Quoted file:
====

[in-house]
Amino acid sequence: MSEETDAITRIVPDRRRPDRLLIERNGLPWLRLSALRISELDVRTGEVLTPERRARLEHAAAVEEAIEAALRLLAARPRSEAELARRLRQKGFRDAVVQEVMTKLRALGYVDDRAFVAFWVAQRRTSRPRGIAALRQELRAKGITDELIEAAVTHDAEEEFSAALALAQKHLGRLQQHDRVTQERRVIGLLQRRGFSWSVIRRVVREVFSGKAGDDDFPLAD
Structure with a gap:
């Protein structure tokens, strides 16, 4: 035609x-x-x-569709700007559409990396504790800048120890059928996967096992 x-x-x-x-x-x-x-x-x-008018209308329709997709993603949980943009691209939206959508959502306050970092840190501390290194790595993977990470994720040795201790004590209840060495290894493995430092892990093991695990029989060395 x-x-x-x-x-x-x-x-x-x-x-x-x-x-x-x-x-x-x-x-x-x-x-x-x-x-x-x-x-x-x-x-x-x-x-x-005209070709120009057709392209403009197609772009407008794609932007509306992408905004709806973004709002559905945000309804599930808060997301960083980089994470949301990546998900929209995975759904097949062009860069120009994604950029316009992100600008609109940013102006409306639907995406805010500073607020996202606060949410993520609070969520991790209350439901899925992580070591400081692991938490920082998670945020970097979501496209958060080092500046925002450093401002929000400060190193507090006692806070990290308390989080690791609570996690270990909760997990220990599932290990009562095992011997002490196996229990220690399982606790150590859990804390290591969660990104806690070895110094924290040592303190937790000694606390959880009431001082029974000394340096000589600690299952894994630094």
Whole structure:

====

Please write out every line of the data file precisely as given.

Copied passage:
[in-house]
Amino acid sequence: MSEETDAITRIVPDRRRPDRLLIERNGLPWLRLSALRISELDVRTGEVLTPERRARLEHAAAVEEAIEAALRLLAARPRSEAELARRLRQKGFRDAVVQEVMTKLRALGYVDDRAFVAFWVAQRRTSRPRGIAALRQELRAKGITDELIEAAVTHDAEEEFSAALALAQKHLGRLQQHDRVTQERRVIGLLQRRGFSWSVIRRVVREVFSGKAGDDDFPLAD
Structure with a gap:
């Protein structure tokens, strides 16, 4: 035609x-x-x-569709700007559409990396504790800048120890059928996967096992 x-x-x-x-x-x-x-x-x-008018209308329709997709993603949980943009691209939206959508959502306050970092840190501390290194790595993977990470994720040795201790004590209840060495290894493995430092892990093991695990029989060395 x-x-x-x-x-x-x-x-x-x-x-x-x-x-x-x-x-x-x-x-x-x-x-x-x-x-x-x-x-x-x-x-x-x-x-x-005209070709120009057709392209403009197609772009407008794609932007509306992408905004709806973004709002559905945000309804599930808060997301960083980089994470949301990546998900929209995975759904097949062009860069120009994604950029316009992100600008609109940013102006409306639907995406805010500073607020996202606060949410993520609070969520991790209350439901899925992580070591400081692991938490920082998670945020970097979501496209958060080092500046925002450093401002929000400060190193507090006692806070990290308390989080690791609570996690270990909760997990220990599932290990009562095992011997002490196996229990220690399982606790150590859990804390290591969660990104806690070895110094924290040592303190937790000694606390959880009431001082029974000394340096000589600690299952894994630094």
Whole structure: